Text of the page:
Previous studies have reported common clinical features of the COVID-19. Patients may present with fever, dry cough, fatigue, headache, dyspnea, normal or decreased white blood cell count, and imaging evidence of pneumonia. Severe cases are prone to various complications and may further increase the chance of human death [9,10]. Shen et al.  suggested that patients with COVID-19 were more likely to progress within 1 week. The early definition of COVID-19 was defined as within 7 days of clinical symptoms, and within 7 days of positive viral nucleic acid test for asymptomatic patients . Accordingly, early assessment and classification for the severity of the disease is essential to improve patients’ clinical outcomes. At the same time, classification can also help clinicians find patients who may have aggravated conditions as soon as possible; it is more beneficial to allocate limited medical resources for people who need more active treatments. Consequently, clinicians need more valuable laboratory biochemical indicators that can help to assess the severity of the disease in the early stage of the infection. In previous articles, the fluctuation of C-reactive protein (CRP) and lymphocytes (LYM) in patients with COVID-19 have gradually gained attention [12–16]. It was found that increased CRP and decreased LYM may be related to the severity of the disease. However, few articles have analyzed and compared the sensitivity and specificity of these 2 parameters for evaluating the severity of the disease.
The present study aimed to determine the effect of laboratory tests, especially CRP, LYM, and the ratio CRP to LYM (CRP/LYM) on assessing the prognosis of COVID-19 severity at early stages. Therefore, we hope to provide new ideas and directions for more accurate, timely, and targeted clinical personalized evaluation of COVID-19 patients.
Material and Methods
STUDY DESIGN AND PARTICIPANTS:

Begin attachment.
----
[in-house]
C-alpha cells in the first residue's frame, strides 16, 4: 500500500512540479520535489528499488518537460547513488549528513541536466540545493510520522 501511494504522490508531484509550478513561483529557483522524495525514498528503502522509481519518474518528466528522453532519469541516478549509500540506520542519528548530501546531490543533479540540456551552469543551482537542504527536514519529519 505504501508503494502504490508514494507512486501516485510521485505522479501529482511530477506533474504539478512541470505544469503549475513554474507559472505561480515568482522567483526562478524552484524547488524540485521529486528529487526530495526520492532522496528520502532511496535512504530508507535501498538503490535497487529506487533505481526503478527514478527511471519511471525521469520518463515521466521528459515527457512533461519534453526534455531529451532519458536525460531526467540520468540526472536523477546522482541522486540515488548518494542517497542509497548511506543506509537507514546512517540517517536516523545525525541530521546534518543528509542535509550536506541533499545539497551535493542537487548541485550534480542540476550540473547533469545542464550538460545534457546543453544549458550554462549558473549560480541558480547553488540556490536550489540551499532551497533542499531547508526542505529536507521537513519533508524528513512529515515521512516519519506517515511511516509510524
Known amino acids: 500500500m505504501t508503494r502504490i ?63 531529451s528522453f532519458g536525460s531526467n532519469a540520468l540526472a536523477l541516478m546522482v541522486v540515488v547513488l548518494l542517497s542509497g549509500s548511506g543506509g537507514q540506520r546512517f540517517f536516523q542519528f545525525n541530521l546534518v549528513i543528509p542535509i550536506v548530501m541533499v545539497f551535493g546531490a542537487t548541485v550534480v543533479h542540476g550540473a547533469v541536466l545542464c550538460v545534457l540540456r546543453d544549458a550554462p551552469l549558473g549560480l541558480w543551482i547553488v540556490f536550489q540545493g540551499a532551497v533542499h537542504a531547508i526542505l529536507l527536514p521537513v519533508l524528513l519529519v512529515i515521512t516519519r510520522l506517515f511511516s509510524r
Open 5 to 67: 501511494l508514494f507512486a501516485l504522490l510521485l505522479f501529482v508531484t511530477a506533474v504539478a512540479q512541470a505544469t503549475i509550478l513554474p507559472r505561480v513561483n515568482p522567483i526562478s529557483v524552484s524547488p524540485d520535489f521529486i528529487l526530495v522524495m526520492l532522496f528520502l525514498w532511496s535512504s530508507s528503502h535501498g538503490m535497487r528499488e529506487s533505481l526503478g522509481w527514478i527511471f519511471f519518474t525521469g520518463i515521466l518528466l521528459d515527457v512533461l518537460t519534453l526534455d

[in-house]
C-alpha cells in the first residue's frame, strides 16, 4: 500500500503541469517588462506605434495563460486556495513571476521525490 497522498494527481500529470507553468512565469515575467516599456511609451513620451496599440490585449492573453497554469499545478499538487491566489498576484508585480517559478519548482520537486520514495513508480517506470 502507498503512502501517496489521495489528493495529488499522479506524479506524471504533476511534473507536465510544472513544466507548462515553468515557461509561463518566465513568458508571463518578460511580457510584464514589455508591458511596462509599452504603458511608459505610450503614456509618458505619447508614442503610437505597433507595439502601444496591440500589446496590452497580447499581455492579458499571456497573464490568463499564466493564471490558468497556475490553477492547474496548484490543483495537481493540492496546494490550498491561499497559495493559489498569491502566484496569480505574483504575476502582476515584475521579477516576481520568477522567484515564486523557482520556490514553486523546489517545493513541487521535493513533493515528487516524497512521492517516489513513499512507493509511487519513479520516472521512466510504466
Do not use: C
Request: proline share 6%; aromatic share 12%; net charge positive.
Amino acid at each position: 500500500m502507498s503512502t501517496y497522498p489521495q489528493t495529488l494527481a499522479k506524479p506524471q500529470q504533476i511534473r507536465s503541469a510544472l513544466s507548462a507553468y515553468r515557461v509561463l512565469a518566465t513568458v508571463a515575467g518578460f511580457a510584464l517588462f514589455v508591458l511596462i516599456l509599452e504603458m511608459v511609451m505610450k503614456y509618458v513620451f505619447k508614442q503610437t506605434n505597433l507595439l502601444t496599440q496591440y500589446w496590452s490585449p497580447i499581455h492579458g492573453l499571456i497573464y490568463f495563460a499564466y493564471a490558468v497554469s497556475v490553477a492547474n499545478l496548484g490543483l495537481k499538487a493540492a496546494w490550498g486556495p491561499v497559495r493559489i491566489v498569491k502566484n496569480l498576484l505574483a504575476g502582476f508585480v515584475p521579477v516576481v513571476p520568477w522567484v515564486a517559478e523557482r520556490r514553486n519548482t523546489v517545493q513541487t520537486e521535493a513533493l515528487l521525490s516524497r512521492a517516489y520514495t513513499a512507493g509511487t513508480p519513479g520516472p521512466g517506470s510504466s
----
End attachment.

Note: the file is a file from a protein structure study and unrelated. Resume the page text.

A retrospective study was conducted from January 17, 2020 to March 12, 2020 that included 108 hospitalized patients diagnosed with COVID-19 in Zhongnan Hospital of Wuhan University. Throat-swab specimens were obtained for SARS-CoV-2 re-examination every other day after suspicion of COVID-19. The specimen suspensions were used for real-time reverse transcription polymerase chain reaction (RT-PCR) assay of SARS-CoV-2 RNA, which was performed using ORF1ab/N gene PCR kit (Biogerm, Cat# SJ-HX-226-1,2, Shanghai, China) according to the protocol described previously . Fasting whole blood samples from patients were collected in EDTA anticoagulant-treated tubes and analyzed within 30 minutes. Routine peripheral blood cells, including white blood cells, hemoglobin, platelets, lymphocytes, neutrophils, and monocytes were analyzed by Beckman Coulter DxH 800 automated blood analyzer and related reagents (Beckman, CA, USA). Routine serum biochemical parameters, including alanine aminotransferase (ALT), aspartate aminotransferase (AST), total bilirubin (TBIL), creatinine, and CRP were measured by Beckman Coulter AU automatic biochemical analyzer and related reagents (Beckman, CA, USA). Computed tomography (CT) scan (Discovery, GE Medical Systems, Milwaukee, MN, USA) was performed on patients to assess lung injury. The diagnosis and classification of COVID-19 followed the guidelines and management of the Chinese National Health Council COVID-19 . Briefly, patients were categorized as severe cases according to one of these criteria: a) dyspnea, respiratory rate ≥30 breaths per minute; b) blood oxygen saturation ≤93% at rest; c) PaO2/FiO2 ≤300 mmHg; d) lung injury progresses by more than 50% within 24 to 48 hours from CT imaging.